China is wary of an open skies agreement with China for fear Korean carriers will intrude too aggressively into sixth freedom markets that would otherwise be served direct by China's airlines - even where they currently have little or no service.

As the market stands in Jun-2013, the two largest carriers by far in the China-Korea market are Korean Air and Asiana, accounting for approximately 45% of seat capacity. The third largest carrier in the market, China Eastern, has just over half of Asiana's capacity.

South Korea to China (seats per week, one way): 19-Sep-2011 to 7-Dec-2014

Cargo division increases load factor with minor yield reduction

Korean Air in 1Q2014 saw a 7.6% increase in FTKs on the back of only a 1.4% increase in AFTKs, leading to a load factor improvement of 4.5ppt. This however came with a yield trade off of a 1.3% reduction.

Korean Air cargo traffic: 1Q2014

Korean Air increased carriage in every region except Oceania while transit cargo traffic increased in every region.

Korean Air cargo business summary: 1Q2014

Korean Air was helped in 1Q2014 by the retirement of its last 747-400BCF, which airlines have found too costly to operate. Cathay Pacific has also withdrawn its 747 BCFs. For 2Q2014 Korean Air expects new IT products, seasonal fruits, and the Brazil world cup to increase air cargo demand. Korean Air says it will adapt to market changes by controlling capacity and further increase operational efficiency with fuel efficient aircraft. Korean Air expects to focus on emerging markets including China, Vietnam and South America.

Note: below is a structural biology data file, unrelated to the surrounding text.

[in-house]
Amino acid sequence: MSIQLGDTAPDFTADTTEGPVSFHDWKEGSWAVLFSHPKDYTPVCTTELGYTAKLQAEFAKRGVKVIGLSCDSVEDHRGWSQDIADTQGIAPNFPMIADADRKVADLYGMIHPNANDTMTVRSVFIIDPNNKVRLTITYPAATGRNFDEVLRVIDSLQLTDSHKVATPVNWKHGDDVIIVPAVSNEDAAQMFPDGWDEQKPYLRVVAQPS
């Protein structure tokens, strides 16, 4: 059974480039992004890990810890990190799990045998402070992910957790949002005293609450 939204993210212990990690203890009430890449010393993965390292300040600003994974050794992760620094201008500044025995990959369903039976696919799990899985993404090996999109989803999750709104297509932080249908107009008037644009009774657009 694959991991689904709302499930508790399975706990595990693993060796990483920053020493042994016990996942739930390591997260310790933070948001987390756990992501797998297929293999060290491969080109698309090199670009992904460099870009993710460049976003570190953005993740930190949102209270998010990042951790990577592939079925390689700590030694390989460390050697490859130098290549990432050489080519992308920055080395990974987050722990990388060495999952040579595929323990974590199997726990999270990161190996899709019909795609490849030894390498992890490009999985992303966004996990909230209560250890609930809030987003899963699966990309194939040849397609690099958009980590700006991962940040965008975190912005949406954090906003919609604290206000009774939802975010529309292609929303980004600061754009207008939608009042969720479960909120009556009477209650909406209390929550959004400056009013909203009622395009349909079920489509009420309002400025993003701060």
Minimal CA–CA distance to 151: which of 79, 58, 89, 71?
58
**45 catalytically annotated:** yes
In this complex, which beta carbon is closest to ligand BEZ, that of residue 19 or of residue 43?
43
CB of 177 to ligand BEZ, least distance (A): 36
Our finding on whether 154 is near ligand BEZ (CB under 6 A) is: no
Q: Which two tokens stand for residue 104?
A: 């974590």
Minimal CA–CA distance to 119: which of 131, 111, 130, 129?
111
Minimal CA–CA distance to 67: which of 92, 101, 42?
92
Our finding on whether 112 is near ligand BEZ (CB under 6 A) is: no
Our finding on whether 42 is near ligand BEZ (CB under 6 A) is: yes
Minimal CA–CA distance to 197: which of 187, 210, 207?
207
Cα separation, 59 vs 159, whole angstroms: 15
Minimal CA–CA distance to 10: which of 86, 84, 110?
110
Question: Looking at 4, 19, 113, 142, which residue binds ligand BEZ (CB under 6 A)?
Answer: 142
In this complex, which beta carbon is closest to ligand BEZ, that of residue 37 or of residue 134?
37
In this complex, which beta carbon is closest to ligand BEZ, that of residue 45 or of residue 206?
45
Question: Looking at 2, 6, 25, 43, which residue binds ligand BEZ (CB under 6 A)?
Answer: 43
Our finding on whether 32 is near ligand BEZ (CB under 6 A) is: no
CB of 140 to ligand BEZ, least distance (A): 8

Korean Air is one of the few Asian carriers still operating through cargo/passenger service to South America. Korean Air expects to focus on high-yielding cargo products like medicine, e-commerce, agricultural and marine products. Many of these require sophisticated climate control, which has a high barrier to entry, although that is not preventing a number of cargo carriers from focusing on this niche. 

Korean Air ends 1Q2014 with 146 aircraft. Aircraft order may be needed soon

Korean Air ended 1Q2014 with 146 aircraft and between Jun-2014 and the end of the year Korean Air is expected to take delivery of five 777s, three 747s, two A380s and four A330s, according to CAPA's Fleet Database.

Korean Air fleet: as of 31-Mar-2014

With deliveries sparse after 2017, and Korean Air having an average fleet age of 10 years, renewal is in order for both short- and long-haul fleets.

Korean Air projected delivery dates for aircraft purchased from OEMs and leased from lessors new aircraft order pipelines as at 9-Jun-2014

Korean Air average fleet age: 09-Jun-2014

Georgia, 'Times New Roman', Times, serif;">Source: CAPA - Centre for Aviation Fleet Database